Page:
Byproducts are also a unique concern in hydroprocessing of high-contaminant biomass feedstocks. In petroleum hydroprocessing, heteroatoms are reduced to very low levels and generally do not impact the process. The same is not true for biomass hydrotreating, where reactions generate high levels of harmful byproducts. Inhibition effects of H2S and ammonia are well-known in hydroprocessing, but water is particularly damaging to the catalyst and must be kept below certain levels to avoid complete degradation of the catalyst. Therefore, it is crucial that the quantities of these byproducts be controlled to prevent or minimise damage to the system.
The BioFlux Process
A novel hydrotreating technology called BioFlux has been developed to address the key issues plaguing the renewable diesel operators. BioFlux® Pretreatment is a thermal degradation process that uses heat to remove contaminants as an alternative to the washing and separation steps that have higher utility consumption and lead to higher hydrogen consumption in the hydrotreating unit. BioFlux Pretreatment reduces CAPEX by more than 75% as compared to other pretreating units.
The BioFlux® Hydrotreating Unit has been designed to overcome the key deficiencies of the trickle-bed design by completely dissolving hydrogen into the liquid. Volumetric flux is maximised in the reactor, and the proprietary reactor internals ensure complete mixing of feed and hydrogen for even distribution across the catalyst. In the first stage, triglycerides are reacted with hydrogen to remove oxygen and saturate olefins, which generates a diesel-range hydrocarbon product. Water, propane, and other byproducts are also generated. After byproduct removal, a portion of the first reactor product is recycled and mixed with fresh feed. This recycled effluent provides three benefits:
- Pre-heat for the fresh feed, which reduces the requirement for supplementary preheat
- Supply of additional hydrogen, and
- Elimination of large gas recycling.
Combined, these changes lead to a 25% reduction in CAPEX and a 25 – 50% reduction in OPEX in the hydrotreatment section.
The BioFlux hydrotreating reactors are based on MaxFlux® technology. Used for petroleum feedstocks, MaxFlux overcomes the key deficiencies of the trickle-bed design by completely dissolving hydrogen into the liquid. The same design principles form the basis of the BioFlux technology. The reactor design maximises volumetric flux and the proprietary reactor internals ensure that the feed and hydrogen are completely mixed and evenly distributed for complete catalyst wetting.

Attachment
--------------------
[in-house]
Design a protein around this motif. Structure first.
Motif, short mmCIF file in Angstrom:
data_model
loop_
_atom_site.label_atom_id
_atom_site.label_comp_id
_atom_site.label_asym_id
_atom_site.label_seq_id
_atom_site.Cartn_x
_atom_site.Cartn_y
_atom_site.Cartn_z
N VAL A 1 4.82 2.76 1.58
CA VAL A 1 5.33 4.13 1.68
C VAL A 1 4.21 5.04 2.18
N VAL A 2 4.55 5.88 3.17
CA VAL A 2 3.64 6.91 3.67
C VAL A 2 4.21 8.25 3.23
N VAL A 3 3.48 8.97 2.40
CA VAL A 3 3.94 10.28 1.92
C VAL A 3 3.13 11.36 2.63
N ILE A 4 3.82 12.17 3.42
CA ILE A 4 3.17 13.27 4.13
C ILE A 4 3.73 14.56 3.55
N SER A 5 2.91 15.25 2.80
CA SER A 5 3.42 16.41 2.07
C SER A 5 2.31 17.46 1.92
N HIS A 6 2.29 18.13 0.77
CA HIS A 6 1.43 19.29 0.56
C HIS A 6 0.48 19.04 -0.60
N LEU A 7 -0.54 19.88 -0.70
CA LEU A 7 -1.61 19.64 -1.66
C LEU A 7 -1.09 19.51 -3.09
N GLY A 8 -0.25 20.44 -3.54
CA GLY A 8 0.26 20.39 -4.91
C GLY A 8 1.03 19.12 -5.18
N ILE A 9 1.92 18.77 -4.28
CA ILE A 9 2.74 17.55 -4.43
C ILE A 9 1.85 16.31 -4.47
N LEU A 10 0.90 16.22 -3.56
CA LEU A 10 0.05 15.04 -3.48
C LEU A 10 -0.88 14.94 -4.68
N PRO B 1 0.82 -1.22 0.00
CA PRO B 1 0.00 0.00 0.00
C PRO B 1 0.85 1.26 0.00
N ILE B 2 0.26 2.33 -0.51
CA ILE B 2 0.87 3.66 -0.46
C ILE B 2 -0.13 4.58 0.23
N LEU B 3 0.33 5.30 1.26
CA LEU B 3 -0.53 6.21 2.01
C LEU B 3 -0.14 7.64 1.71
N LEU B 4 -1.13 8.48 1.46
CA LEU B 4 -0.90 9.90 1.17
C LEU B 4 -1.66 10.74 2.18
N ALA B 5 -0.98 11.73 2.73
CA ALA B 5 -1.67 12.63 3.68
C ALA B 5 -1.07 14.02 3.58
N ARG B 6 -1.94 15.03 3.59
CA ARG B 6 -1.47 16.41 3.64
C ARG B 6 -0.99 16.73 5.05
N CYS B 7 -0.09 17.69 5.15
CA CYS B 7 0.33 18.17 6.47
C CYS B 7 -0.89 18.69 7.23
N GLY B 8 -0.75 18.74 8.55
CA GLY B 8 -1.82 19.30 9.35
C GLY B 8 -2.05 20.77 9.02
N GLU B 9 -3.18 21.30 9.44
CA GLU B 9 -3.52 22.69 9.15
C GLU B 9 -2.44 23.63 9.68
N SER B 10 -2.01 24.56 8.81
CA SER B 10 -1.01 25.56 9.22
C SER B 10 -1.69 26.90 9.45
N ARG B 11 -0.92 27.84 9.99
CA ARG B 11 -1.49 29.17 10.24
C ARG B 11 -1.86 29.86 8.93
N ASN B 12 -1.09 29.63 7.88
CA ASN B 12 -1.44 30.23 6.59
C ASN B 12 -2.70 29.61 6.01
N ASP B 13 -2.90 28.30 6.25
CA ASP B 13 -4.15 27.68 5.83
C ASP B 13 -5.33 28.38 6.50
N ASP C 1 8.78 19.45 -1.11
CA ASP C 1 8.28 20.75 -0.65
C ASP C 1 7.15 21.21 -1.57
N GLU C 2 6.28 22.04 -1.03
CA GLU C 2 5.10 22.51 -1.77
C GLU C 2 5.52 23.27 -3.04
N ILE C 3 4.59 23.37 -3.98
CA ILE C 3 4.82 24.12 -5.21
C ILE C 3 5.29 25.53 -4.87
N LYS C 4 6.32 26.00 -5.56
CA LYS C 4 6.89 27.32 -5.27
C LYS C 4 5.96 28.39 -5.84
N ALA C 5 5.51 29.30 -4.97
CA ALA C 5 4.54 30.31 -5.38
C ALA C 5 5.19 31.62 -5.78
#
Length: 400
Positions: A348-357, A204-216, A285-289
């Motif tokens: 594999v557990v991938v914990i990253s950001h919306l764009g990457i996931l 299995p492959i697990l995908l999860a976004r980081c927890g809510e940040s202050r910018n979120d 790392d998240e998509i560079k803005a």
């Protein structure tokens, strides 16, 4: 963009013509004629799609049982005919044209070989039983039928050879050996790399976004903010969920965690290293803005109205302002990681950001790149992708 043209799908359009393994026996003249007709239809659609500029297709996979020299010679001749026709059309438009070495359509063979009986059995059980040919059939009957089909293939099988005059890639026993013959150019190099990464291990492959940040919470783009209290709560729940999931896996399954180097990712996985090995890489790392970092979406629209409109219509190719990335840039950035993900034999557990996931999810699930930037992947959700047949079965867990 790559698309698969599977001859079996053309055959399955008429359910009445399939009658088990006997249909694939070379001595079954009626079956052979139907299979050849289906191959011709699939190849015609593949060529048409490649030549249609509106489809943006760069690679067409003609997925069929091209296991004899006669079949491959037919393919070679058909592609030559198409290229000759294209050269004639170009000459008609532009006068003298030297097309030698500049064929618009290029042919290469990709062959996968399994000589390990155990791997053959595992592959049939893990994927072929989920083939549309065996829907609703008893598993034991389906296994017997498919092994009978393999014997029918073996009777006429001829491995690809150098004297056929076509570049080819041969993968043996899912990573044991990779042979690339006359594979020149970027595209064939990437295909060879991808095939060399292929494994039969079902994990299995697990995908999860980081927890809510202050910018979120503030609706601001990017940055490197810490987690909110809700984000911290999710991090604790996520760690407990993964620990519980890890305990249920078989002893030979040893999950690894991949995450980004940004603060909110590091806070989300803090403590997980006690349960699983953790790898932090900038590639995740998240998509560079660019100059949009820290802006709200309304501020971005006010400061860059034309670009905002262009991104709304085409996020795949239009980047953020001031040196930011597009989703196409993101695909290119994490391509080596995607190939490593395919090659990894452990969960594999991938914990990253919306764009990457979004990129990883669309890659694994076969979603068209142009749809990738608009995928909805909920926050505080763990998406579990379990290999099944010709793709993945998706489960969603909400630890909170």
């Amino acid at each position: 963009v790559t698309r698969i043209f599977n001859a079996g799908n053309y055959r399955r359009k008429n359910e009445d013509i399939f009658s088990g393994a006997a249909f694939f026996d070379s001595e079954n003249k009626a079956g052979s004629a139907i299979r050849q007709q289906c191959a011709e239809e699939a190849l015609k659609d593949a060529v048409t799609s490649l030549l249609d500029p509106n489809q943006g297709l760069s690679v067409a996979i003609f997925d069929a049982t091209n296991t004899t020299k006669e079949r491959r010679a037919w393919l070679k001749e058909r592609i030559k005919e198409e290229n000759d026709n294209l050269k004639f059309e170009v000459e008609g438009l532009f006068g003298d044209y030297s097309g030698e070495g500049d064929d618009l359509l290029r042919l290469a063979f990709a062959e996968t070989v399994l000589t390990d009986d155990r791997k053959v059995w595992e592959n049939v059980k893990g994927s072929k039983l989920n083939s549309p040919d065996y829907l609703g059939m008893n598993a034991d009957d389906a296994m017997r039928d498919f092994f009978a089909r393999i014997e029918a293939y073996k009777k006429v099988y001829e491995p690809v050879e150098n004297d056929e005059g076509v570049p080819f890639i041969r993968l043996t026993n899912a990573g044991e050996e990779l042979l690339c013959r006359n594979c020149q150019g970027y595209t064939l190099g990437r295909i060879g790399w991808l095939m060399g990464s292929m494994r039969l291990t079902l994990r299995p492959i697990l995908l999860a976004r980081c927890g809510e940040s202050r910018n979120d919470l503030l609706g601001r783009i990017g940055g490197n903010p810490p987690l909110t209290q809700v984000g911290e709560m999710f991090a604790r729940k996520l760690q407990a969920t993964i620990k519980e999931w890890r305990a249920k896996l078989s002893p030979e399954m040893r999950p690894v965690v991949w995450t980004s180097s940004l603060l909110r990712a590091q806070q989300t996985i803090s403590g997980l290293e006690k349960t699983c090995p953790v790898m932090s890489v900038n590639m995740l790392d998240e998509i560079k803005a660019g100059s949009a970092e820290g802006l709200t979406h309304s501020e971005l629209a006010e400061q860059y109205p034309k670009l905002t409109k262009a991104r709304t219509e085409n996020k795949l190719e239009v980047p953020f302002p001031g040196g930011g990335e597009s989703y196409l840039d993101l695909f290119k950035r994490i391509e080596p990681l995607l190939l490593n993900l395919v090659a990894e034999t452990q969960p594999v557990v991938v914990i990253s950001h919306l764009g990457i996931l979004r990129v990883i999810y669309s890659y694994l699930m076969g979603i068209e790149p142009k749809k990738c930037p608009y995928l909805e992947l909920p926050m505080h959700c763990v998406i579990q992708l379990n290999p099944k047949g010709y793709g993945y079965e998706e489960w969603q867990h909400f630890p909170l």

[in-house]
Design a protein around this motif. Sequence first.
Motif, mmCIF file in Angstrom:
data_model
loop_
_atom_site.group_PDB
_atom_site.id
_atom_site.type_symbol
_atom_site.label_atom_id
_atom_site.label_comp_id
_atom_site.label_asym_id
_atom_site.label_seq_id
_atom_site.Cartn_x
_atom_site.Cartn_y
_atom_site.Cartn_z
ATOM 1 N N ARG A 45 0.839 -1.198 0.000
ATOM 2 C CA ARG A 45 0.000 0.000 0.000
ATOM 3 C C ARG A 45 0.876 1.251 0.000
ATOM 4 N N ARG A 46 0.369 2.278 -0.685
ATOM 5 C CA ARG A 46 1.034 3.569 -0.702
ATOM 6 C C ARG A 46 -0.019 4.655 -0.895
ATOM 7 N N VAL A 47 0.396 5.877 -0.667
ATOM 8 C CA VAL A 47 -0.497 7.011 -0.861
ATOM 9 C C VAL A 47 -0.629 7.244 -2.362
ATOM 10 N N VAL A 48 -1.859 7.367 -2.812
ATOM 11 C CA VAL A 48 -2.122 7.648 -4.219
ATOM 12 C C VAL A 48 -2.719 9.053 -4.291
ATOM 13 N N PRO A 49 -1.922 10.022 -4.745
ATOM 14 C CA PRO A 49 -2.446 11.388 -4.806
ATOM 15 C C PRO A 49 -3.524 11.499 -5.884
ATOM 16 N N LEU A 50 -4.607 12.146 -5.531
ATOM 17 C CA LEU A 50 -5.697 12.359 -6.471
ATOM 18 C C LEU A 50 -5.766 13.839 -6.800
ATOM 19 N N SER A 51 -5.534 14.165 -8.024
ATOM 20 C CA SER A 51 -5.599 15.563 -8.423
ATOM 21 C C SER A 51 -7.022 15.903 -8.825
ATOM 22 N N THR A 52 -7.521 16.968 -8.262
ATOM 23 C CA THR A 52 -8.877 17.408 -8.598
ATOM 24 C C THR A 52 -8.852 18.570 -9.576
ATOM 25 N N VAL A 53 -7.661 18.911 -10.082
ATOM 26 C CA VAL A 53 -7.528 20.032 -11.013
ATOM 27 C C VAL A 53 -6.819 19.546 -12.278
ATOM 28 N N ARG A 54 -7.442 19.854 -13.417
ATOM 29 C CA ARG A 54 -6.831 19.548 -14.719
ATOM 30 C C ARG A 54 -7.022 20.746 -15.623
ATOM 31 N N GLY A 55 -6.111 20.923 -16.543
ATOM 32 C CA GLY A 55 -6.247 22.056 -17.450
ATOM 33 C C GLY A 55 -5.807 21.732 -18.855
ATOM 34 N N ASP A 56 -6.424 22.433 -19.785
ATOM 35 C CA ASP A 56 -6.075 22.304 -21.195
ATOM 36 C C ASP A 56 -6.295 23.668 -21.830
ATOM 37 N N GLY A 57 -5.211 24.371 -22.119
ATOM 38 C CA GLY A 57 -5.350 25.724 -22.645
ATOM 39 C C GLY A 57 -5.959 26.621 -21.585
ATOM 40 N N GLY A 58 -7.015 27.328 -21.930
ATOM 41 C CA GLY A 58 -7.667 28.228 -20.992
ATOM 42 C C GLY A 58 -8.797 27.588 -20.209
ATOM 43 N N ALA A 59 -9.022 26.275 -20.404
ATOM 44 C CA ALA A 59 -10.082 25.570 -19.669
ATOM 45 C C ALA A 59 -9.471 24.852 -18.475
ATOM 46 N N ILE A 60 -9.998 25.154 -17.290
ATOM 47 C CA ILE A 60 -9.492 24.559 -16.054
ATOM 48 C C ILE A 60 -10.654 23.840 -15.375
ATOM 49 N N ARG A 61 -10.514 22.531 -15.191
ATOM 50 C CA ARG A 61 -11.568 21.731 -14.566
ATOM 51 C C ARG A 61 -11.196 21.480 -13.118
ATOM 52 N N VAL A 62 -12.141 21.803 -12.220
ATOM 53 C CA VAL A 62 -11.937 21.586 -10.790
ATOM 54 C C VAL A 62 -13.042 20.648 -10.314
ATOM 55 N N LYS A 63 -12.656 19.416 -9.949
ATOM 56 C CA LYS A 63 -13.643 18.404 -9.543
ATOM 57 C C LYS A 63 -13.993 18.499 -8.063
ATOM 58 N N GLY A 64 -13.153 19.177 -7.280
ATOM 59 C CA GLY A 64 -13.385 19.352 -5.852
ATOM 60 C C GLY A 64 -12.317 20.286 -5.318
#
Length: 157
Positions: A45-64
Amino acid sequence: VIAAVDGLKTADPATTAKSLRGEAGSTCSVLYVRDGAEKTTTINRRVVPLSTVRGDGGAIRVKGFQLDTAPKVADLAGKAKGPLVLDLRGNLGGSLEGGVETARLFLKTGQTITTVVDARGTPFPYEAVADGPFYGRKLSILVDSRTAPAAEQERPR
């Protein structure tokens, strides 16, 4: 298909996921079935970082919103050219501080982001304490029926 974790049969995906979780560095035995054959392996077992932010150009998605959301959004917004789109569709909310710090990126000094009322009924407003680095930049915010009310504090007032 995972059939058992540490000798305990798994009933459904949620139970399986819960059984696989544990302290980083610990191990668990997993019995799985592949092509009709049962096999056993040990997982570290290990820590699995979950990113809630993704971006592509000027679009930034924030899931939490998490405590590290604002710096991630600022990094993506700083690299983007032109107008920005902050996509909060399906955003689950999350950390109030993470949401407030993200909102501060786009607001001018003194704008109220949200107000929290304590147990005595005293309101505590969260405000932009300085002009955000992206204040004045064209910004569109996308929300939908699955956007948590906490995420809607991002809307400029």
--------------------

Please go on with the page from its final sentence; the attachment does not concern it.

In this two-stage process, the feedstock is first reacted with hydrogen to remove oxygen and saturate olefins, which generates a paraffinic hydrocarbon in the diesel boiling range through the reaction pathways described above. Water, propane, and other byproducts are also generated. These are removed in a separation process, after which a portion of the product is recycled back to be mixed with the fresh feed. The second stage is a hydroisomerisation reaction, which improves the cold flow properties.
BioFlux Product Yields
The yields from BioFlux on a weight percentage basis are shown in Table 1. The properties of renewable diesel from BioFlux are compared to three different diesel specifications in Table 2: ASTM D975 (US), EN590 and EN15940 (Euro). ASTM D975 is the US standard for various types of diesel engines. There are seven different grades in this standard and BioFlux Renewable Diesel meets the No. 2 Grade and can be used interchangeably. EN 15940 is the European standard for paraffinic diesel fuels. Vehicle manufacturers will validate use of these fuels in the engines they supply, because one can see that specifications within EN 15940 have different ranges than standard diesel (EN590), such as a lower density. However, as a blending component, BioFlux renewable diesel also meets the specifications according to EN 590.
BioFlux technology is a low-CAPEX, low-OPEX solution for hydroprocessing of bio-based materials with higher levels of contaminants and olefins. By using a high liquid flux mode of operation, BioFlux successfully manages reaction zone temperature and minimises formation of reaction byproducts. This increases the yield of the higher valuable, drop-in renewable diesel product with lower hydrogen consumption. The process offers superior operational stability for extended catalyst life and is suitable for grassroots or revamp units, either standalone or in an integrated facility.